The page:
It was not clear who carried out the attack about 20km north of the town of Bambara-Maoudé in the Timbuktu region
Four United Nations peacekeepers were killed and five wounded in central Mali on Wednesday after a convoy struck an explosive device and came under fire, the UN said.
It was not clear who carried out the attack about 20km north of the town of Bambara-Maoudé in the Timbuktu region.
Islamist groups linked to al Qaeda and Islamic State operate in the region and have made much of the West African country ungovernable.
The UN mission in Mali, known as MINUSMA, said in a statement on Wednesday that three peacekeepers had been killed and six wounded in the attack. A MINUSMA spokesman said on Thursday that a fourth had since died.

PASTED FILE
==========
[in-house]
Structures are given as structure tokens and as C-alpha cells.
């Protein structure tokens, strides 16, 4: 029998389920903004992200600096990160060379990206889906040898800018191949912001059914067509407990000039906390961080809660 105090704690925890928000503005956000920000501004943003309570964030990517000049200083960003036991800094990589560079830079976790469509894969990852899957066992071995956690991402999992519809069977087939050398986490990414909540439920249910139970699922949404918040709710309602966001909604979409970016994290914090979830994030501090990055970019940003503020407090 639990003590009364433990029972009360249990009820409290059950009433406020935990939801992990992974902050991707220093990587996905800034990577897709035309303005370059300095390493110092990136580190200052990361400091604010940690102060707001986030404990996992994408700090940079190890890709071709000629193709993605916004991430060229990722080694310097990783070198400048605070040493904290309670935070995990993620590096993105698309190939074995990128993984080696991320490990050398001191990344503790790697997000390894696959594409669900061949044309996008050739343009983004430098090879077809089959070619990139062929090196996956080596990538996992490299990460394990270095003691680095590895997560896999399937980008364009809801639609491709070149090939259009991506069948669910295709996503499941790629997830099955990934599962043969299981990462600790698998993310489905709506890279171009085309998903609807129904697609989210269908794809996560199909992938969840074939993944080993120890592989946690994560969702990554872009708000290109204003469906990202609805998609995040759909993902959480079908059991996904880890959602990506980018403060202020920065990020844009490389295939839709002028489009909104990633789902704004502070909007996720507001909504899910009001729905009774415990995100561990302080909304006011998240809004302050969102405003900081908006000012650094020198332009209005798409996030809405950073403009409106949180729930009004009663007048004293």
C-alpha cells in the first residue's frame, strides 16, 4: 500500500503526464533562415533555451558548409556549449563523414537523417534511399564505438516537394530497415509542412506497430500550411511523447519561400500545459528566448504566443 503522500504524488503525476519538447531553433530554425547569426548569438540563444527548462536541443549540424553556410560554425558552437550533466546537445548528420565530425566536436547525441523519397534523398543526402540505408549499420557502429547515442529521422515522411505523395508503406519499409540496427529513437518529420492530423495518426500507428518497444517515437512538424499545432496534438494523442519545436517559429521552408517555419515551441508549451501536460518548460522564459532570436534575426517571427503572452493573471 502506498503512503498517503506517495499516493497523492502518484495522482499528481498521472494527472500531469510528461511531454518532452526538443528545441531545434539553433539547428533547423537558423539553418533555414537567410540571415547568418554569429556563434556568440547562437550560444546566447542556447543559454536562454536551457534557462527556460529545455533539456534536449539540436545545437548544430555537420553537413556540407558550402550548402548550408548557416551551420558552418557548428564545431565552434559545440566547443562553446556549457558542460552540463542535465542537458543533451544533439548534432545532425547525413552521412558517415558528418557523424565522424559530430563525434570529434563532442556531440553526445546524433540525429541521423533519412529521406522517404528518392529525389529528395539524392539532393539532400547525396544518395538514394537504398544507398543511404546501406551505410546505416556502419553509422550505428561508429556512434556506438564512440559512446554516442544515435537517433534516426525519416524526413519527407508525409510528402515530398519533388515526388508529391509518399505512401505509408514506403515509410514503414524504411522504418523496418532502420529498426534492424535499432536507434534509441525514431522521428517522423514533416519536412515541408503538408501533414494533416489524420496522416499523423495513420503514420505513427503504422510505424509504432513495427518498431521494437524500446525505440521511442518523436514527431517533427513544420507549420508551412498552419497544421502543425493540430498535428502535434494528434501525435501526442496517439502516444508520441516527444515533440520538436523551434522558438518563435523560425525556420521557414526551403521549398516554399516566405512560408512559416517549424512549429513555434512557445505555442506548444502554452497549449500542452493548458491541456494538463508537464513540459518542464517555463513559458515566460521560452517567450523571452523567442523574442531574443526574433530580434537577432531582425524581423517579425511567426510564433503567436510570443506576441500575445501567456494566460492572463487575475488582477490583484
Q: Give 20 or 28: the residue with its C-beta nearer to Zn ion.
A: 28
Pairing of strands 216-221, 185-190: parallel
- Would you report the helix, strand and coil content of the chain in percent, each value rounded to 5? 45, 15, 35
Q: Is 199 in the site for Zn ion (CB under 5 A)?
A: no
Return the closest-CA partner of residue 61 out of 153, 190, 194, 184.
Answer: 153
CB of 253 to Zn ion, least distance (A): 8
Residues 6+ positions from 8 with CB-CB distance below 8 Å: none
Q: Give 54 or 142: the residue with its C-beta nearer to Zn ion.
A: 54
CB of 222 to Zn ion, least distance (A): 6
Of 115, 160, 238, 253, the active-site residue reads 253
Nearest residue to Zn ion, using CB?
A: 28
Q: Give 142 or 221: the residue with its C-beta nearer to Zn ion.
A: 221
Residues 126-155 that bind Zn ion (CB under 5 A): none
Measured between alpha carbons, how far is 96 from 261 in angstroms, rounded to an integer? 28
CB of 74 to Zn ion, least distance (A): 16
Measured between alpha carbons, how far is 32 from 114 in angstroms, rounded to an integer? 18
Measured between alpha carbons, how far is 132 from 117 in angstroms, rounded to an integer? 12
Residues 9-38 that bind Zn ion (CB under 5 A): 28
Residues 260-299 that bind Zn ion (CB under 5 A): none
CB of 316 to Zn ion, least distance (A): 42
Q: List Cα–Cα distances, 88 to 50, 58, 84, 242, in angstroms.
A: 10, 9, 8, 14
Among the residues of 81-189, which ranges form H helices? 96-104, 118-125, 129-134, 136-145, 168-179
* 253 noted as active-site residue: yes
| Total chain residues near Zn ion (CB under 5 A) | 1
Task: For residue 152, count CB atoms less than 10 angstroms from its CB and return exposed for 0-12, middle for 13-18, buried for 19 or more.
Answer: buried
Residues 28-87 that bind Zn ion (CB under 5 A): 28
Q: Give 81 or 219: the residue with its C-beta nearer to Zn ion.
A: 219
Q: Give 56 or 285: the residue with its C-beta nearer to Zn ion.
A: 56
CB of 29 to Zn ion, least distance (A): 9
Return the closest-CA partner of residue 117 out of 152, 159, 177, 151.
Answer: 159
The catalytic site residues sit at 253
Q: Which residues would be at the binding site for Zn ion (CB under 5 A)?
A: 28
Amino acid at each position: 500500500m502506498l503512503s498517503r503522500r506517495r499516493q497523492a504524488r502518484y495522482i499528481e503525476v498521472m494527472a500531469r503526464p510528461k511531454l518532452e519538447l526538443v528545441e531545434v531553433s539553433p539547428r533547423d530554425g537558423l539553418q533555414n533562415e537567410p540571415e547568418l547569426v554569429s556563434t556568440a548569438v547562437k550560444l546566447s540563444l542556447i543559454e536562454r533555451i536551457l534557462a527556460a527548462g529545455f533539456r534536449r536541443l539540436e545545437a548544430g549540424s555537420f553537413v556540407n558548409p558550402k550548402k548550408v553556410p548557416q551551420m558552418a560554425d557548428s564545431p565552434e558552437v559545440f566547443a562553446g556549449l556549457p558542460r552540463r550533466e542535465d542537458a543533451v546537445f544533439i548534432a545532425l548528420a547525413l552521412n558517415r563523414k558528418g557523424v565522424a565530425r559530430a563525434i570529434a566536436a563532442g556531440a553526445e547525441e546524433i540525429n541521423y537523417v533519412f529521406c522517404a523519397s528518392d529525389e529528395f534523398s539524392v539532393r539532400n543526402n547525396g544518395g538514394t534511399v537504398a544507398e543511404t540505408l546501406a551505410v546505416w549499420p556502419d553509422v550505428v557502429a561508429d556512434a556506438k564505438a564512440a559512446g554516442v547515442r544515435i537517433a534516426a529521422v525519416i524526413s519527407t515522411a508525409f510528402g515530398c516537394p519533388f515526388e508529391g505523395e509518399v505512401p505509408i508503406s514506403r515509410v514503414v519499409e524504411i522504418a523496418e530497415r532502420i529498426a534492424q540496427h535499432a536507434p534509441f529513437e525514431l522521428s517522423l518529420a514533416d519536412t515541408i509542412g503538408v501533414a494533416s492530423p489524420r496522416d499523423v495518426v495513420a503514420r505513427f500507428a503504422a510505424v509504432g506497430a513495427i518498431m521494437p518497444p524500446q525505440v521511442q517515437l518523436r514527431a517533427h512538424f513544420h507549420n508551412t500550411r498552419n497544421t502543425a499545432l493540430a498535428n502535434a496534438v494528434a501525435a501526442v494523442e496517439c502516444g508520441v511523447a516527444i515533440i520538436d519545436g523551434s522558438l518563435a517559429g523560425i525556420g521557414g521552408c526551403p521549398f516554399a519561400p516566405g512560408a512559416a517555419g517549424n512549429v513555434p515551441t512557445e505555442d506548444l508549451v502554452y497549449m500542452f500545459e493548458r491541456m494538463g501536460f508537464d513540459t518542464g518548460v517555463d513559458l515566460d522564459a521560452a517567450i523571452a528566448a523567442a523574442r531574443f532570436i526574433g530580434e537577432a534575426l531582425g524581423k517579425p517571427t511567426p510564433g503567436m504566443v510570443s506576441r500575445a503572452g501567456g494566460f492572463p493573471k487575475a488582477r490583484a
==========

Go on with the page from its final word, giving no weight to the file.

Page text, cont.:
The dead peacekeepers were from Ivory Coast, the country's defence ministry said in a statement.
The attack is the latest in a brutal conflict that has been raging in Mali since 2012, when jihadists overtook a rebellion by mostly ethnic Tuareg separatists in the north.
The conflict, which has killed thousands of soldiers and civilians to date, has since spread to central Mali as well as neighbouring Burkina Faso and Niger, inflaming ethnic tensions along the way.
Laying roadside bombs - or improvised explosive devices (IEDs) - is a favourite tactic among militants in the arid Sahel region.
France - which has 5,100 troops deployed across the Sahel - has lost five soldiers to IED attacks since late December.
First established in 2013, the 13,000-strong MINUSMA is the deadliest peacekeeping mission in the world. Over 230 of its personnel have died since the mission began.